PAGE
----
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The 50 Best Family Travel Destinations In Each State

From Disneyland to Yellowstone to the Children's Museum of Indianapolis, here are the best tourist attractions for families in each state.

Courtesy Carol Highsmith

Birmingham Civil Rights Institute—Birmingham, Alabama

One of the best reasons to travel with children is to give them learning opportunities that they won’t get in school. The museum at the Birmingham Civil Rights Institute is an excellent place to teach your children about the history of the Civil Rights Movement in America, the legacy of Martin Luther King, Jr., and the ongoing struggles that African American people and other minorities face in America today. While this destination certainly isn’t a joyful romp, it will be a memorable and valuable experience for your whole family.

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Tracy Arm Fjord—Juneau, Alaska

If your family is traveling to Alaska, be prepared for some breathtaking sites. Alaska is full of national and state parks, with unique natural formations such as glaciers and fjords seen nowhere else in the world. The Tracy Arm Fjord, located in the Tongass National Forest in the “Inside Passage” route of Southeast Alaska, is one of the most beautiful wilderness sites in the country. This remote glacier valley is home to mountain goats, seals, and whales, and provides endless hiking opportunities for the adventurous family. At the head of the fjord you’ll find a startling blue glacier that regularly calves fresh icebergs into the Pacific Ocean.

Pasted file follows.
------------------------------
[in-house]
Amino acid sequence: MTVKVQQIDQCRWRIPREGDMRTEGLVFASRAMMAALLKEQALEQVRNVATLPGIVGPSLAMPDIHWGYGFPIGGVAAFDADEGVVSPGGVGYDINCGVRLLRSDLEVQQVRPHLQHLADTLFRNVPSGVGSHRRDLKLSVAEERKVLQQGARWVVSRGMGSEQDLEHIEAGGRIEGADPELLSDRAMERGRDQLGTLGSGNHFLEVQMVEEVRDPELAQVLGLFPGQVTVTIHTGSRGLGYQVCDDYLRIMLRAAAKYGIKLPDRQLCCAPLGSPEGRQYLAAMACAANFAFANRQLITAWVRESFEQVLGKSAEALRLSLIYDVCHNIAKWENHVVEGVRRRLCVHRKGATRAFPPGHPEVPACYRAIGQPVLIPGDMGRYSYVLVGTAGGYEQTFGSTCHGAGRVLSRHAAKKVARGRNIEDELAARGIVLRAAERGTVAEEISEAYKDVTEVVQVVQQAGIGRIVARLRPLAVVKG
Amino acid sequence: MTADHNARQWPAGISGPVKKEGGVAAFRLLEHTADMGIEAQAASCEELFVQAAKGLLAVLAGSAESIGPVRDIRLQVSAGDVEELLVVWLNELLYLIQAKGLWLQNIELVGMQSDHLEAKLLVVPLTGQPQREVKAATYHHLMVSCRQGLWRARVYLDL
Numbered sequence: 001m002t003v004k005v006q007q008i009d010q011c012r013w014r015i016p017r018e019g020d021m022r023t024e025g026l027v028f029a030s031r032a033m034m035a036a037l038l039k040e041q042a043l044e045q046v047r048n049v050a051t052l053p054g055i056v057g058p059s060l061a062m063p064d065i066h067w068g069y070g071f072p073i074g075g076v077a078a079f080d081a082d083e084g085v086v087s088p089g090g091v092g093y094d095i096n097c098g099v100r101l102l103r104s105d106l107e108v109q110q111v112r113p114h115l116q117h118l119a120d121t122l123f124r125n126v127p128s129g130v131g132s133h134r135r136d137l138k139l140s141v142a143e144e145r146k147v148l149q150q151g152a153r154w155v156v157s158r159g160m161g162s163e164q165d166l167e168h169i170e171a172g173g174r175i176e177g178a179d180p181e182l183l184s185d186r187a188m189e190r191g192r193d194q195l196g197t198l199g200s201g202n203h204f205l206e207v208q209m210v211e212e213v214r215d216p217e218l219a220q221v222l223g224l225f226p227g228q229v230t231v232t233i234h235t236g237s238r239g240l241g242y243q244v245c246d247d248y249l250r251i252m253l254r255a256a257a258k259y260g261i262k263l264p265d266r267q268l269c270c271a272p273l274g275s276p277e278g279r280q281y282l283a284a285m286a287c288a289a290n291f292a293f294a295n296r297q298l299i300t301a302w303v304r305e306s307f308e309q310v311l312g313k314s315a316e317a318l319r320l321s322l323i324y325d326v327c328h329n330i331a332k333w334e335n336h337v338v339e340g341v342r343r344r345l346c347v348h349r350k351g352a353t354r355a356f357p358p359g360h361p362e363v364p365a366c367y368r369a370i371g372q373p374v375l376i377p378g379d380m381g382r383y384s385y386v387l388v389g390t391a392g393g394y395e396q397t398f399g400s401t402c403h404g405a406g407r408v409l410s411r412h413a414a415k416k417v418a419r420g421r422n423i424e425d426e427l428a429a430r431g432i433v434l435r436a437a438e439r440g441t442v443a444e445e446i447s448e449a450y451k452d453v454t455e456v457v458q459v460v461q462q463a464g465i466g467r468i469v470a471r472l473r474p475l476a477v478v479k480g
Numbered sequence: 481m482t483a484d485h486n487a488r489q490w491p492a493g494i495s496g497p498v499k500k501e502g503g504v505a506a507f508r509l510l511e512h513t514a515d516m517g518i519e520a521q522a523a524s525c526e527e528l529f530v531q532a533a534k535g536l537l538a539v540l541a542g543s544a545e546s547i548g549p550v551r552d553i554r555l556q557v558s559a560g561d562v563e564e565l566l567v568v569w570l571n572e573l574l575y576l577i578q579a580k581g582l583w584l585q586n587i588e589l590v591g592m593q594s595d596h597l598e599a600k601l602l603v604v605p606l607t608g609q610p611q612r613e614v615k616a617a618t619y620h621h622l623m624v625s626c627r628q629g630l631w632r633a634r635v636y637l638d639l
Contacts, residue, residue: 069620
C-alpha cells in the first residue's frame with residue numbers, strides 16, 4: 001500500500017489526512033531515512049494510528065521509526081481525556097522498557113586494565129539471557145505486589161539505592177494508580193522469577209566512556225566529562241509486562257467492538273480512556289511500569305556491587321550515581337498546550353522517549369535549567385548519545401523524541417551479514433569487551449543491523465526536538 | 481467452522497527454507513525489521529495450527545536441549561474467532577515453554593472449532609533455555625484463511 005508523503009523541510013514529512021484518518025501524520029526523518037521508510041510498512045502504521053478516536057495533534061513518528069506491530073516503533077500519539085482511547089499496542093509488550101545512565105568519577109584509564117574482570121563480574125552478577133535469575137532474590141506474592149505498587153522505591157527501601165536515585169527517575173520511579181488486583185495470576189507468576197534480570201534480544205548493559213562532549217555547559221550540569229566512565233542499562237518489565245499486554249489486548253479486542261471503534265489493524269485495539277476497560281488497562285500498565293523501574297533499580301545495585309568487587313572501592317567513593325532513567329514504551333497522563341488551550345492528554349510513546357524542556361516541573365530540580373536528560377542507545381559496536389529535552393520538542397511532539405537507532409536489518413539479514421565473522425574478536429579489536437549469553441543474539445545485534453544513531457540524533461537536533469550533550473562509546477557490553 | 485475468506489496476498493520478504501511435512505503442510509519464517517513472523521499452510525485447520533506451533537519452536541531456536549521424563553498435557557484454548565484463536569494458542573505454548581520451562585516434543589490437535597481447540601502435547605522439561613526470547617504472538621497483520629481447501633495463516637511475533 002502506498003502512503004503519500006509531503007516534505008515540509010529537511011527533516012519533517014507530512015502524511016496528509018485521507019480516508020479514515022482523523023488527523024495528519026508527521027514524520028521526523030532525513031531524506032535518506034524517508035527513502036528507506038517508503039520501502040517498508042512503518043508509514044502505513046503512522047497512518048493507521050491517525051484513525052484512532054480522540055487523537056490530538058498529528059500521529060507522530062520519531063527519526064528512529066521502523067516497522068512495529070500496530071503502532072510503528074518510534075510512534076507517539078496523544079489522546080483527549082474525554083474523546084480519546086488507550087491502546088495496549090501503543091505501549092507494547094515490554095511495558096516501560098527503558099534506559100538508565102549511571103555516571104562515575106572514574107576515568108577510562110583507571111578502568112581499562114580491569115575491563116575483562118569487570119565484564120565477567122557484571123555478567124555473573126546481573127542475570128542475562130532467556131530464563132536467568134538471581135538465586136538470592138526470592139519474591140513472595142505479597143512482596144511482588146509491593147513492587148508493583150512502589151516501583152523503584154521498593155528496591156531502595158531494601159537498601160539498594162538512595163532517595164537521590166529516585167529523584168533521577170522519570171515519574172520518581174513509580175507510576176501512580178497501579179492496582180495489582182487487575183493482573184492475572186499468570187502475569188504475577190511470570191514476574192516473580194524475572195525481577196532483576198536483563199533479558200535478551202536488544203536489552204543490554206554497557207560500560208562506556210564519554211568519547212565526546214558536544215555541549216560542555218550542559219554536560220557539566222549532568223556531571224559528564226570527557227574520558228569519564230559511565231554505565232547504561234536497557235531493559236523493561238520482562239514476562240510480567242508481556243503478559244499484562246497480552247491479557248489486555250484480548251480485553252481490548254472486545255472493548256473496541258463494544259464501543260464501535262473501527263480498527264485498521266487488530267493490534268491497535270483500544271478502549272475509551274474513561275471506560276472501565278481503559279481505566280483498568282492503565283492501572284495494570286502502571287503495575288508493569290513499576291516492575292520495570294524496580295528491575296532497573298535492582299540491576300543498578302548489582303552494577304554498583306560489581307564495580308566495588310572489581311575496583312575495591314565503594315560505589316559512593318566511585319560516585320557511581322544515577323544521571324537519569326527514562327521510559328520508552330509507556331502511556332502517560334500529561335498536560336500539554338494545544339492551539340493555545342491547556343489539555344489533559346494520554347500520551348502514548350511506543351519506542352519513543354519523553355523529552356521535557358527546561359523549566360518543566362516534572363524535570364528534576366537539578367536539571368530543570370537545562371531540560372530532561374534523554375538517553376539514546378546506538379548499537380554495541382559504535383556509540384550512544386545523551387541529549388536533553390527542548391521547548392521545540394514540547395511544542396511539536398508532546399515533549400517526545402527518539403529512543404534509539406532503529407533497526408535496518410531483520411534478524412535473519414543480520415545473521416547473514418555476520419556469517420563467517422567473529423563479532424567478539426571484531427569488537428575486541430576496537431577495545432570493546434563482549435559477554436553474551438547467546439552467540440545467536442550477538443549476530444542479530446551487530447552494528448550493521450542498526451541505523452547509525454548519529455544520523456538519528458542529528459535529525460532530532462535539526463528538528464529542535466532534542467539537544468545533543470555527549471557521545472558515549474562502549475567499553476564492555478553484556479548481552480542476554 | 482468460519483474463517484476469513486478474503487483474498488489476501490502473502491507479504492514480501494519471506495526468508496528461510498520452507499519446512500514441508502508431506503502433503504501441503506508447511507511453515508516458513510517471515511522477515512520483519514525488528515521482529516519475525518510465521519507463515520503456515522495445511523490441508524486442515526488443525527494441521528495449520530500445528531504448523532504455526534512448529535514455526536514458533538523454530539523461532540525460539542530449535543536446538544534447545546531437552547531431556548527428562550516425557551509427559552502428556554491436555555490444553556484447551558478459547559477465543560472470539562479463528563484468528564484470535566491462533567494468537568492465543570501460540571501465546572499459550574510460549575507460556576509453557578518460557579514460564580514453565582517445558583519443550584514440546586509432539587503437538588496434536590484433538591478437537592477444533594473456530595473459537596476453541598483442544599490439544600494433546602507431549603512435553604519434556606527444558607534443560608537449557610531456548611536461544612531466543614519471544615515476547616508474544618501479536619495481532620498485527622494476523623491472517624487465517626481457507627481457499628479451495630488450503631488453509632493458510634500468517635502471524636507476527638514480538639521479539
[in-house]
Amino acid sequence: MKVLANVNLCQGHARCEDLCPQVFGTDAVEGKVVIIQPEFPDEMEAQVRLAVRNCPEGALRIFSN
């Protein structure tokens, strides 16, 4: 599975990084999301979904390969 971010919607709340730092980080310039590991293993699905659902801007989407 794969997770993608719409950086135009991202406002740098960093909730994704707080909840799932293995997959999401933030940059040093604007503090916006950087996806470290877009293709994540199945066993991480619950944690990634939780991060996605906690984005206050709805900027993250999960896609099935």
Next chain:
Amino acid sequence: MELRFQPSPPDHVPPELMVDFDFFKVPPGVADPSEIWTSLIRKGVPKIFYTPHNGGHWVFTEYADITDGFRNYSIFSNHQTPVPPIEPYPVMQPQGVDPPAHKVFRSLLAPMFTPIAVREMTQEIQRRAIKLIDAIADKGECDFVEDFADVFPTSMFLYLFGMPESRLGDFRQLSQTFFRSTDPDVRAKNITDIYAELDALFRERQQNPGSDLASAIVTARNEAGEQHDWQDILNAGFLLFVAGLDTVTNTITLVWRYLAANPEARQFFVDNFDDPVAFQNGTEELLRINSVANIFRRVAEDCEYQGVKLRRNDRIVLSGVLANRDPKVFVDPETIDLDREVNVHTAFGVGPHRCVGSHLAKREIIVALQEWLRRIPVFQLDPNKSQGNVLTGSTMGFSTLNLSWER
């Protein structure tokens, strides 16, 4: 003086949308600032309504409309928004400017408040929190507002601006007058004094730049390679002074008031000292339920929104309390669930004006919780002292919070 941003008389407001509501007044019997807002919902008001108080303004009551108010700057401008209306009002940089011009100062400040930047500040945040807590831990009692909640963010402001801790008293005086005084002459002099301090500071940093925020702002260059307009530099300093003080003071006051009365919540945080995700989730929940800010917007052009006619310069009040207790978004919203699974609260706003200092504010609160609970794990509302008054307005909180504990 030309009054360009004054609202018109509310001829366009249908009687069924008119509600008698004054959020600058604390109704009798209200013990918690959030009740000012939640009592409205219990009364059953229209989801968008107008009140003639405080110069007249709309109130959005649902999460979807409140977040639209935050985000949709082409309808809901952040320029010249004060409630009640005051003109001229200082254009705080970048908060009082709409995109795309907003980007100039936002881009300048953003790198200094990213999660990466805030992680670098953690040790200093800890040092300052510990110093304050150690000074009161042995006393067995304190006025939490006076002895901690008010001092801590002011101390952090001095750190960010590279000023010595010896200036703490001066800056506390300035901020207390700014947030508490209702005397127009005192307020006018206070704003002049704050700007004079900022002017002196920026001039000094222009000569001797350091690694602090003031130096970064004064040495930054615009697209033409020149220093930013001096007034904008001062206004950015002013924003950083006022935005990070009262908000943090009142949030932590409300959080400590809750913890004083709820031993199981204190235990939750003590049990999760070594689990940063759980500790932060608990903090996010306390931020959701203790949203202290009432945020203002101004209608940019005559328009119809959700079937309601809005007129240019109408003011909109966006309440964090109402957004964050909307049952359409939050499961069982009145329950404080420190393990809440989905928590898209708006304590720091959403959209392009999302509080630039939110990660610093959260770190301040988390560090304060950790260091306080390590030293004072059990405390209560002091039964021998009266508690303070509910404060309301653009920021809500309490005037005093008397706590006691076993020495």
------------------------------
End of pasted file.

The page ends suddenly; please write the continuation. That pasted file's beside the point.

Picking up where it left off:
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Horseshoe BendGrand Canyon, Arizona

Taking your family to the Grand Canyon almost seems like a cliche at this point, but that doesn’t mean it’s not worth doing. The Grand Canyon is still one of our nation’s most beautiful spots, and all the decades of tourist traffic haven’t changed that. That being said, Horseshoe Bend isn’t technically a part of the Grand Canyon—it’s part of Glen Canyon, which is a short drive from Page, Arizona. This bend in the Colorado River is surrounded by waves of brightly colored sandstone, carved by millennia of flowing water. You’ll want to bring your camera (and wide angle lens) for this one.

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Garvan Woodlands Garden—Hot Springs, Arkansas

This huge botanical garden in Hot Springs, Arkansas, is something like a plant museum. Among the 210 acres of carefully tended greenery is a Japanese garden, 160 different species of azaleas, and many rare species of shrubs and trees. Come visit the Garvan Woodlands Garden in the early springtime to see the spectacular tulip display. If you have particularly bad allergies, it might be worth taking some precautions for this very pollen-heavy trip!

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Disneyland—Anaheim, California

An oldie but a goodie. Although Disneyland involves more spending than your average family road trip, it’s also unbelievably fun—for people of all ages. Stay at the Paradise Pier Hotel to enjoy the rooftop pool and water slide, ride Splash Mountain, go see a live performance of Frozen, then be sure to hit all the other theme parks in the area, like the Wizarding World of Harry Potter at Universal Studios. If you’re bringing young children along, read up about the park’s height and age restrictions for some rides.

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Great Sand Dunes National Park—Mosca, Colorado

You won’t soon forget a visit to the lunar landscape of the Great Sand Dunes National Park in Colorado. This expanse of rolling, soft sand dunes is perfect for—believe it or not—sledding! Kids will love sliding down the dunes and building sandcastles on the banks of Medano Creek, and you’ll love the natural beauty (and the great photo opps). Stick around for a night for an unparalleled stargazing opportunity!

Courtesy megan Malory

The Maritime Aquarium—Norwalk, Connecticut